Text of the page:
Peter the apostle.

One of the twelve.


Attributed text(s).
Epistle 1 of Peter 1-5.
Epistle 2 of Peter 1-3.
Gospel of Mark.
Gospel of Peter.
Preaching of Peter.
Apocalypse of Peter.

Related text(s).
Catholic epistles.
Acts of Peter.

Useful links.
Simon Cephas in the Jewish Encyclopedia.
Peter in the Catholic Encyclopedia.

Peter is also known as Cephas in the pages of the New Testament. The name Peter comes from the Greek word for rock, and the name Cephas comes from the Aramaic word for rock.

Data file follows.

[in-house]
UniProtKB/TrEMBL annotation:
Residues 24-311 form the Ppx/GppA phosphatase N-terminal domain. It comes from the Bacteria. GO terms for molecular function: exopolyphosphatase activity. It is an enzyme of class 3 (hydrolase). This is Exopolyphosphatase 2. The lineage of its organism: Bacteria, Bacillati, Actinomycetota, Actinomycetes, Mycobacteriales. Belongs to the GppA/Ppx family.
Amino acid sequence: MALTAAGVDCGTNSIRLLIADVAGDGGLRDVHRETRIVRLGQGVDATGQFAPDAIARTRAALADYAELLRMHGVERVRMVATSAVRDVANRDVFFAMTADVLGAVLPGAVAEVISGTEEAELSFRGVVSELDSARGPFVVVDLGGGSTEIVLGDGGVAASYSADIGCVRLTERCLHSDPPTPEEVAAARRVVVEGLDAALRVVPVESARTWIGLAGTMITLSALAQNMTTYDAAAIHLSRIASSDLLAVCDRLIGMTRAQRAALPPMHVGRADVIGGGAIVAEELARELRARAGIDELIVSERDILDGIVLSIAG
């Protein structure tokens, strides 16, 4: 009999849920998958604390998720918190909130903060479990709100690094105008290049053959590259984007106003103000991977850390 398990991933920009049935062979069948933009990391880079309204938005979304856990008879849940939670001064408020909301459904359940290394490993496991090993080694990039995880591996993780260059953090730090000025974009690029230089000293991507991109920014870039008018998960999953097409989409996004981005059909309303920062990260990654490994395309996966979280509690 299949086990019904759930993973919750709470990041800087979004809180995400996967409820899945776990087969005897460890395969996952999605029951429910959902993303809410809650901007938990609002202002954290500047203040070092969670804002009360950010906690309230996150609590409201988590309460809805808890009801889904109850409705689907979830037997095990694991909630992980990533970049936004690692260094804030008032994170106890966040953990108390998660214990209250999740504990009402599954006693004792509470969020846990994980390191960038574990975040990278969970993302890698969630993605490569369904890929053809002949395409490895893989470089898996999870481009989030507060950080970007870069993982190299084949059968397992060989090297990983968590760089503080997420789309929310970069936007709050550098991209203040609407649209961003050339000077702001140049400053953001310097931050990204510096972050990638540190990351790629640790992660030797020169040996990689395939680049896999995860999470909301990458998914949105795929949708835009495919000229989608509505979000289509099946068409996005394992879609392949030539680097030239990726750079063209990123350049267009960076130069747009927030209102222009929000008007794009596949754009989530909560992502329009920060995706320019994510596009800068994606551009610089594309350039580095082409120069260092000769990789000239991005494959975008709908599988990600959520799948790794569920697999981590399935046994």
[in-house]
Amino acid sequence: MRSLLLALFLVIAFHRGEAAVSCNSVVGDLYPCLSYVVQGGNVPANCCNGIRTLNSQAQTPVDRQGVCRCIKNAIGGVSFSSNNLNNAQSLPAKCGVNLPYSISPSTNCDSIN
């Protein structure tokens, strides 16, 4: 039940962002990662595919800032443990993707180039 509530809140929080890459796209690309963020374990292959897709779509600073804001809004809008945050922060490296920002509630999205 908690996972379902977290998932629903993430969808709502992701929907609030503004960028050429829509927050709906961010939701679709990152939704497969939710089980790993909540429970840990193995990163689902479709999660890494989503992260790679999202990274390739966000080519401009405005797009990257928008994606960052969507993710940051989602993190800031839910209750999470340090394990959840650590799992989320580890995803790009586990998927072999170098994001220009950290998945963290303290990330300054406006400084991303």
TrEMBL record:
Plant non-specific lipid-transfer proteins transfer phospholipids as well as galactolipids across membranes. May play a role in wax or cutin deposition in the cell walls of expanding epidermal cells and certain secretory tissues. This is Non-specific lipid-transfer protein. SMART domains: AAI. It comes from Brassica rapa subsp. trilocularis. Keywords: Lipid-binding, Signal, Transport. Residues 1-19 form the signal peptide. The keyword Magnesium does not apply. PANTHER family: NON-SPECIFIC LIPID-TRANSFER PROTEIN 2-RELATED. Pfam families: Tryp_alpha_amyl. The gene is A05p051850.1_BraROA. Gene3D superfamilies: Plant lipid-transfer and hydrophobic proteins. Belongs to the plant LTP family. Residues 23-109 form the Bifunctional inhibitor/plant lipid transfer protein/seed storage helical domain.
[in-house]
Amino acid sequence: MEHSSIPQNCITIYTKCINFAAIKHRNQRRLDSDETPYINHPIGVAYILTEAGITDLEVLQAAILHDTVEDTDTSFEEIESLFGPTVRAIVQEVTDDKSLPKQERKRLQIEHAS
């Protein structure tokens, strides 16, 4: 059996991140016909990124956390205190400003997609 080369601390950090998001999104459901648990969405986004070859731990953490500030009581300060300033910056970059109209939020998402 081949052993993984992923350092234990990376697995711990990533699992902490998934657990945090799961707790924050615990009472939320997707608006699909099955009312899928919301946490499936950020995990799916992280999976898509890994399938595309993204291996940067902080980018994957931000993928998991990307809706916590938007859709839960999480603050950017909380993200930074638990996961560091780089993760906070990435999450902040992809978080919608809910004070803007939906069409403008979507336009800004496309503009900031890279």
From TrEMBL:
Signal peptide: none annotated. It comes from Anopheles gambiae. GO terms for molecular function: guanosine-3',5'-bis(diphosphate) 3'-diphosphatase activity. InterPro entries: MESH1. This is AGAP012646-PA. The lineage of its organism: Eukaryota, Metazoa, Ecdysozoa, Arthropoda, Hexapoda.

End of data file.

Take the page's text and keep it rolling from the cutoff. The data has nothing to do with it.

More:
Peter is called along with his brother Andrew in Matthew 4.18 = Mark 1.16 and John 1.40-42, and witnesses a miraculous catch of fish in Luke 5.3-11, after which events he surfaces frequently in the gospel narratives. He makes the first quartet in every canonical list of the disciples in Matthew 10.2 = Mark 3.16 = Luke 6.14 and Acts 1.13. He witnesses the healing of his own mother-in-law in Matthew 8.14 = Mark 1.29 = Luke 4.38. He briefly walks on the water before sinking in Matthew 14.28-32 He, along with James and John, are the only disciples to witness the raising of the daughter of Jairus in Mark 5.37 = Luke 8.51 (refer also to Matthew 9.25), the transfiguration in Matthew 17.1, 4 = Mark 9.2, 5 = Luke 9.28, 32-33, and the Gethsemane agony in Matthew 26.37, 40 = Mark 14.33, 37 (refer also to Luke 22.39). He confesses Jesus as Christ in Matthew 16.16 = Mark 8.29 = Luke 9.20, and Jesus praises him for it in Matthew 16.17-19, before Peter rebukes Jesus and thus earns a rebuke of his own in Matthew 16.22-23 = Mark 8.32-33. He is one of four disciples to hear the Olivet discourse in Mark 13.3. Peter and John are the ones who Jesus sends to prepare the Passover in Luke 22.8. He first refuses then demands a dominical footwashing in John 13.6-9. He promises not to desert Jesus, who predicts he will indeed thrice deny him, in Matthew 26.33-35 = Mark 14.29-31 = Luke 22.31-34. Peter cuts off an ear when Jesus is arrested in John 18.10-11. He follows Jesus at a distance after his arrest in Matthew 26.58 = Mark 14.54 = Luke 22.54 and John 18.15-16. As predicted, Peter thrice denies Jesus in Matthew 26.69-75 = Mark 14.66-72 = Luke 22.55-62 and John 18.17-18, 25-27. Peter is promised a personal resurrection appearance in Mark 16.7 and runs to the empty tomb in Luke 24.12 and John 20.2-10 before being granted that appearance as of Luke 24.34. Peter is also mentioned in the shorter ending of Mark. He is one of the disciples on the lake of Tiberias when Jesus appears for the third time in John 21.2-11. Jesus takes him aside in John 21.15-22 to thrice restore him after his three denials. Other gospel references are Matthew 15.15; 17.24-25; 18.21; Matthew 19.27 = Mark 10.28 = Luke 18.28; Mark 11.21; Luke 8.45; 12.41; John 1.44; 6.8, 68; 13.24, 36-37.